Tightrope: A good website is a great asset

— -- Every now and then I feel compelled to remind you of how important maintaining a website can be to your business. If you have a site that's not giving a return on your investment then perhaps it's time to rework it. If you have been procrastinating about having a website, now is the time to get one.

Recently, during my regular checkup at the chiropractor, our conversation turned toward his favorite hobbies — bread baking and traveling. He told me several years ago while traveling through Michigan, he happened upon a corner deli that made wonderful 8-grain, 3-seed bread.

Since that discovery he had tried to duplicate the recipe but to no avail. So he frequently traveled to Ann Arbor to stock up on what he called "the best and healthiest bread in the world."

I asked him if he had tried looking up the company on the Internet. He admitted he had not. I enjoy good food and particularly good, homemade bread. And with that in mind as I was leaving, I jotted down the name of the Michigan company he had talked about.

The next day I checked the Internet and in no time the home page of the company rolled onto my screen. Just as my chiropractor had said they described themselves as a single-location "corner deli" that offers everything from homemade bread and exotic vinegars to pastries.

Their online store gave me the option of ordering online or calling their toll-free number. I decided to call. A very pleasant and informative woman took my order and gave me details on how to freeze bread until needed and restore it to freshness. She took time to tell me about the other breads available and how best to serve them. Her attentiveness led me to order 3 loaves of 8-grain 3-seed, 5 loaves of other breads and a sour cream coffee cake. Within 48 hours Federal Express delivered the bread.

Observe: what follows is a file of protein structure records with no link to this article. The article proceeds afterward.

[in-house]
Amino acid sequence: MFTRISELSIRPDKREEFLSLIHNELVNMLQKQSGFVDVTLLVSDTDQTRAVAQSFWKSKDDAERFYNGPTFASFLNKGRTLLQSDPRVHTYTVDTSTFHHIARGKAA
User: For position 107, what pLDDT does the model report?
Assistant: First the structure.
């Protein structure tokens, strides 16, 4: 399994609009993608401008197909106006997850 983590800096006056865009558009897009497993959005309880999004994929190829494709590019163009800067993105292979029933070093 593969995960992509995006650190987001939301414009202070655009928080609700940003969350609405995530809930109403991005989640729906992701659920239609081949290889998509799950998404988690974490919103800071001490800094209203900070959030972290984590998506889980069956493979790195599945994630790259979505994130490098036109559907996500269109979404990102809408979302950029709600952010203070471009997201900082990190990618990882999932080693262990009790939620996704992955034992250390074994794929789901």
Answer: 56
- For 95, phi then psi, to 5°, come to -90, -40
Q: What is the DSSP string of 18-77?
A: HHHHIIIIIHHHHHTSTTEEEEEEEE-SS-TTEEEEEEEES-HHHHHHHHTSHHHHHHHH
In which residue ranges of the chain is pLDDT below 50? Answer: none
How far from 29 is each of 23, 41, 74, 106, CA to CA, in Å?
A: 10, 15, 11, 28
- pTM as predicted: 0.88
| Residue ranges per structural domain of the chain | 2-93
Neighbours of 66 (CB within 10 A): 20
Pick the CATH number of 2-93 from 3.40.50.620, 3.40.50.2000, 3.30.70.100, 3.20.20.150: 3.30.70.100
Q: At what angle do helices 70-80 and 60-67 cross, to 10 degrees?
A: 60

The company, Zingermans, is among the scores of small businesses in America that have distinguished themselves by making quality goods available to consumers across the globe through their website, while still serving their local community, in this case, Ann Arbor.

Zingermans.com provides a good example for building a website for fun and profit. If you are thinking about developing a website or want to update your current site, here are a few lessons I learned from my visit to their site.

Accessibility. Being able to locate your company by a domain name that is the name of your business makes it easier to find you.

Update content regularly. This is easy to let slip by. Keep your info as up to date as possible.

Make the user experience easy and enjoyable. Site visitors should not have to play hide and seek when visiting your website. Icons should clearly state where things are. It's frustrating to have to search each page looking for a phone number for customer service.

Customer service is the lifeline of a successful business. Respond to e-mails immediately. And avoid using annoying automatic e-mail responses.

Each and every entrepreneur wants to get his goods and services to as many people as possible. And when handled properly, a website can lead to that goal.

As we move through the current economic crunch, we will need to use all resources available to us. I will continue to look at other successful entrepreneurs who can share their advice for the growth and sustainability of your business.

Gladys Edmunds' Entrepreneurial Tightrope column appears Wednesdays. Click here for an index of her columns. As a single, teen-age mom, Gladys made money doing laundry, cooking dinners for taxi drivers and selling fire extinguishers and Bibles door-to-door. Today, Edmunds is founder of Edmunds Travel Consultants in Pittsburgh and author of There's No Business Like Your Own Business, a six-step guide to success published by Viking. Her website is www.gladysedmunds.com. You can e-mail her at gladys@gladysedmunds.com.